6. Poltergeist on Church Street
In 1982, Metro-Goldwyn-Mayer generated $121.7 million at the box office for a film focused around ghosts originating from an improperly relocated cemetery underneath a new neighborhood. Called Poltergeist, that movie was fiction. On downtown’s “Billy Goat Hill,” there really was a cemetery improperly relocated.
In 2001, while working on underground utilities for the Parks at Cathedral townhome development, contractors discovered human remains. This area was then determined to be a part of the Old City Burial Grounds, Jacksonville’s oldest documented public cemetery. The 19th century graveyard was relocated, allowing the project to move forward.
7. Jax’s lost professional basketball team
Florida’s American Basketball Association’s (ABA) team started off as the Minnesota Muskies in 1967. Despite having the league’s second best record, owner Larry Shields concluded that the team was not viable in the Twin Cities, due to attendance figures of 2,800 per game. The following season, the team moved to Miami Beach and was named the Miami Floridians. That year, the Floridians lost 4-1 in the division finals to the Indiana Pacers.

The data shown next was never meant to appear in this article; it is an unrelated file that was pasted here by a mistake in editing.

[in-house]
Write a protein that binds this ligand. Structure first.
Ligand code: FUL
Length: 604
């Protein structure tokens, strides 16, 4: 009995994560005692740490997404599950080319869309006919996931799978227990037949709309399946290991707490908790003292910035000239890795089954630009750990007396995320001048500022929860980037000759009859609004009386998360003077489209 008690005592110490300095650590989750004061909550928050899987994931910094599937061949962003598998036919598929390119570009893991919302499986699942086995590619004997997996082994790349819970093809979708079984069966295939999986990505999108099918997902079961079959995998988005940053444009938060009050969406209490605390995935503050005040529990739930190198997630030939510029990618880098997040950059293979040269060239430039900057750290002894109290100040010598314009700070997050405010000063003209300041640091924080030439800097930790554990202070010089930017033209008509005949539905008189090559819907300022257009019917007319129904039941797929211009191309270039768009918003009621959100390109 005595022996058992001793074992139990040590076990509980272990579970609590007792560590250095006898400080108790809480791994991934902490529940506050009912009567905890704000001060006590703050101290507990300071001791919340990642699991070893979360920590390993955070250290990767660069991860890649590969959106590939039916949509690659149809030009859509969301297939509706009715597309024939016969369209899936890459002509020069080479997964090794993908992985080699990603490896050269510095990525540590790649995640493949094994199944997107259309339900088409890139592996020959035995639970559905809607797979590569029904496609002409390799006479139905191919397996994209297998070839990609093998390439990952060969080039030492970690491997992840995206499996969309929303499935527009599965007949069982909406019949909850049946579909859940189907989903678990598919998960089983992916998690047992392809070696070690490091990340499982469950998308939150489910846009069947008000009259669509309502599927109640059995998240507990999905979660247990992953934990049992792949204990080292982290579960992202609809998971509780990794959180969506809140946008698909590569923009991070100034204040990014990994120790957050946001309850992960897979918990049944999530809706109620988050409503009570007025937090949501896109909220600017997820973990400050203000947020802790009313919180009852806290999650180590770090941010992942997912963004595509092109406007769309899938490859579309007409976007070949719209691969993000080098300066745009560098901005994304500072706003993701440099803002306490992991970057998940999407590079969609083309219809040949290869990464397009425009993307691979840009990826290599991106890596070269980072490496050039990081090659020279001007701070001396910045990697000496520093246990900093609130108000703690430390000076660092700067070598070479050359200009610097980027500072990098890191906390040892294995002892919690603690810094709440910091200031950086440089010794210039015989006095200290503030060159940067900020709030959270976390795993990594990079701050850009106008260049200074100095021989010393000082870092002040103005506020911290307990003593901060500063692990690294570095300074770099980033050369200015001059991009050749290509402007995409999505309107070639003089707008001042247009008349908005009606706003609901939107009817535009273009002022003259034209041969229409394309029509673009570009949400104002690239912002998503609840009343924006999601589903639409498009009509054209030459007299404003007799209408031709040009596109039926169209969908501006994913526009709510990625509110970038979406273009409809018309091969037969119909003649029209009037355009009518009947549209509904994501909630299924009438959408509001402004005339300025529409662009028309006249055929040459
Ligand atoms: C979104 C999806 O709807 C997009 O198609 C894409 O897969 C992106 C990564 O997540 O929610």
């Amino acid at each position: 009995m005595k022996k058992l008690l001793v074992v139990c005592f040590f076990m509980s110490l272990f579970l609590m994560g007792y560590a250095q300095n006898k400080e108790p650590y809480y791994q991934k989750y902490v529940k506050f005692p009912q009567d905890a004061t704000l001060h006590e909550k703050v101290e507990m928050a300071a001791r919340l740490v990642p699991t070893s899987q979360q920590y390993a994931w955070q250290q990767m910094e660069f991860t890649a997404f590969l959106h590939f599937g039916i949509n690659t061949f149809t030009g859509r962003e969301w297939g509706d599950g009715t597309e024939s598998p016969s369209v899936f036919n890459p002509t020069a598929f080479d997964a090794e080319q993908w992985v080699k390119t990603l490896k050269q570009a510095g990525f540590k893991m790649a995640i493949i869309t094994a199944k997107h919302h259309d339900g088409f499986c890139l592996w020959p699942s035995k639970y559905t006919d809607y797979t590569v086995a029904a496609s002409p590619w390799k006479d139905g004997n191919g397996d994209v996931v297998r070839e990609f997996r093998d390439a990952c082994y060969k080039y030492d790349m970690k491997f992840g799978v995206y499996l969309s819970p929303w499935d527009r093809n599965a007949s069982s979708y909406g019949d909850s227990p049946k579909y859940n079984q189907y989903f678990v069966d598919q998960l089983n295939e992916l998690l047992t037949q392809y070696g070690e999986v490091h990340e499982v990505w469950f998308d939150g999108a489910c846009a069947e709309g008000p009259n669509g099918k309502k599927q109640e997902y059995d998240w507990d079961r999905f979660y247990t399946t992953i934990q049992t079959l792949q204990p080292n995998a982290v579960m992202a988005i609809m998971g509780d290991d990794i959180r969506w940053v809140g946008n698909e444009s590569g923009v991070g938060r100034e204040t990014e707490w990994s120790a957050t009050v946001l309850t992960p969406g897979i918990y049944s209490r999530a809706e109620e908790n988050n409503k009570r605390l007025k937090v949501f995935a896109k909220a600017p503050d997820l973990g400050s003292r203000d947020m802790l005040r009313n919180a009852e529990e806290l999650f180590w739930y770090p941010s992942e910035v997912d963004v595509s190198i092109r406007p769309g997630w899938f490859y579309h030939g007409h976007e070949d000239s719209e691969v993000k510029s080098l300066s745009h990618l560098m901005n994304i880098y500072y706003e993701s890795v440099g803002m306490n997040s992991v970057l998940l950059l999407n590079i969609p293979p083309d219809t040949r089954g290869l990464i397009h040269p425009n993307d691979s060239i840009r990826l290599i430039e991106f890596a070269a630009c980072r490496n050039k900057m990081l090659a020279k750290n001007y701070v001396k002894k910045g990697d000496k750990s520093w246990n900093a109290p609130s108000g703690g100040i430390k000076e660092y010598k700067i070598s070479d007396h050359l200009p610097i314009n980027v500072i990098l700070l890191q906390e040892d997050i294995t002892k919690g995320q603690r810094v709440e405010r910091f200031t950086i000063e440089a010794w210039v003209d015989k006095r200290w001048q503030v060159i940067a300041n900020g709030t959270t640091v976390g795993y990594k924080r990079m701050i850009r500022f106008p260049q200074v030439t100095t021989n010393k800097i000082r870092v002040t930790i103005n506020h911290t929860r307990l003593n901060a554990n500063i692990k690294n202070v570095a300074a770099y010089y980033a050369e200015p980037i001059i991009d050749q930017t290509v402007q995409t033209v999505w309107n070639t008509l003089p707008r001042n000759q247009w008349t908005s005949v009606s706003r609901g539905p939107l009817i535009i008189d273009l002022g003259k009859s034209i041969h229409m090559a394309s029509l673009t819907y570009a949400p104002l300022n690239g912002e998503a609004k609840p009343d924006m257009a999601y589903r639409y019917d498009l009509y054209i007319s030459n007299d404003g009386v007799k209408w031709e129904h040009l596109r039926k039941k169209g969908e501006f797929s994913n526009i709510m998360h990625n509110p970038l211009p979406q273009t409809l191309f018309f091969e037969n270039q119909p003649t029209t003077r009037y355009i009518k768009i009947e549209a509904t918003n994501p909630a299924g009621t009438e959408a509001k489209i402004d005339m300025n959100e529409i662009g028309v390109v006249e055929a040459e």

Following the 1969-1970 season, new owner Ned Doyle dropped Miami fromt the name and made the franchise a regional team, splitting home games in Miami, Tampa-St. Petersburg, West Palm Beach and Jacksonville. In Jacksonville, the Floridians played their home games in the Jacksonville Memorial Coliseum. That season, the team made the playoffs, but lost their series to the Kentucky Colonels 4-2.
Despite the move from Minnesota to Florida, the franchise never became viable, leading to it being disbanded in June 1972. Four ABA teams were absorbed into the NBA: The New York Nets, Denver Nuggets, Indiana Pacers, and San Antonio Spurs. Prominent players in the ABA included Artist Gilmore, Rick Barry, Hubie Brown, Moses Malone, George “Ice Man” Gervin, and Julius “Dr, J” Erving.
Article by Ennis Davis, AICP. Contact Ennis at firstname.lastname@example.org